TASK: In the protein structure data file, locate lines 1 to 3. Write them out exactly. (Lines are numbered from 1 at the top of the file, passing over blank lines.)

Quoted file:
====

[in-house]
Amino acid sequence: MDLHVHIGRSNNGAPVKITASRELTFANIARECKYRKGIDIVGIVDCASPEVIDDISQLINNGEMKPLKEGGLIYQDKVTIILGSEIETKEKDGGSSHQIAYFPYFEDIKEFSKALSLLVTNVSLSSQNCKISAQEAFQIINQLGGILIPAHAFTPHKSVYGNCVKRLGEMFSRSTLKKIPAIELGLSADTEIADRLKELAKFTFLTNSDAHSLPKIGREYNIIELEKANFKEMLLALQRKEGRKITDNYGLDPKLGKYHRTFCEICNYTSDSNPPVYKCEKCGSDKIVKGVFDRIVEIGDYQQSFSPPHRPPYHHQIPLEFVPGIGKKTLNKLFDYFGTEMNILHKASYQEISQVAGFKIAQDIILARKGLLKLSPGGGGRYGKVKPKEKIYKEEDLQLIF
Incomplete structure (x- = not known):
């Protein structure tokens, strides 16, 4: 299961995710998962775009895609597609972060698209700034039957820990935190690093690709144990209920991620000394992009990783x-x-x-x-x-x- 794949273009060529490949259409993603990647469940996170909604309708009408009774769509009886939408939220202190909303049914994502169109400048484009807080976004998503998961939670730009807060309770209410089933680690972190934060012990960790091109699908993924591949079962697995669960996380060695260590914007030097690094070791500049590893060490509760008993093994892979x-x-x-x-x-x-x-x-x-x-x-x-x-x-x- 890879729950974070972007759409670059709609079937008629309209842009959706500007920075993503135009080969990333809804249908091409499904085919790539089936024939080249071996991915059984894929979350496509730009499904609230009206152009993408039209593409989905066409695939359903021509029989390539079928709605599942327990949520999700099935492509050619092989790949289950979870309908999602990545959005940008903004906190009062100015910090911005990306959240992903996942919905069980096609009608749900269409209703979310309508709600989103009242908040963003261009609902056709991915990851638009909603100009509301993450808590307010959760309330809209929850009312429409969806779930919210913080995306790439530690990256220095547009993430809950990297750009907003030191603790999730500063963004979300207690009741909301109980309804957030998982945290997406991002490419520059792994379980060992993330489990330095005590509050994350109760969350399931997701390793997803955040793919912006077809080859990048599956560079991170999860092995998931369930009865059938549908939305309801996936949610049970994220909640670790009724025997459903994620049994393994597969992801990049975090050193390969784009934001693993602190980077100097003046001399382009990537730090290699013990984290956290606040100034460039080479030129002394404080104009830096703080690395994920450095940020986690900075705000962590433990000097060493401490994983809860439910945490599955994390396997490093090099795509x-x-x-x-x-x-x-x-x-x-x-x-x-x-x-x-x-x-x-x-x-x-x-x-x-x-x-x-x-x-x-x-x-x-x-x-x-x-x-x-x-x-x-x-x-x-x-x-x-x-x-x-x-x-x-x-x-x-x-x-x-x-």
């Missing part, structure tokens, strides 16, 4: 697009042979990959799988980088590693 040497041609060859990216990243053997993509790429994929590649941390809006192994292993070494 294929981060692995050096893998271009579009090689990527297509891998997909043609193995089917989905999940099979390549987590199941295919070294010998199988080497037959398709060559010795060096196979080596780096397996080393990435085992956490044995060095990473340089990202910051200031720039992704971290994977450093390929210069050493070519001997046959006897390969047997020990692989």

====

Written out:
[in-house]
Amino acid sequence: MDLHVHIGRSNNGAPVKITASRELTFANIARECKYRKGIDIVGIVDCASPEVIDDISQLINNGEMKPLKEGGLIYQDKVTIILGSEIETKEKDGGSSHQIAYFPYFEDIKEFSKALSLLVTNVSLSSQNCKISAQEAFQIINQLGGILIPAHAFTPHKSVYGNCVKRLGEMFSRSTLKKIPAIELGLSADTEIADRLKELAKFTFLTNSDAHSLPKIGREYNIIELEKANFKEMLLALQRKEGRKITDNYGLDPKLGKYHRTFCEICNYTSDSNPPVYKCEKCGSDKIVKGVFDRIVEIGDYQQSFSPPHRPPYHHQIPLEFVPGIGKKTLNKLFDYFGTEMNILHKASYQEISQVAGFKIAQDIILARKGLLKLSPGGGGRYGKVKPKEKIYKEEDLQLIF
Incomplete structure (x- = not known):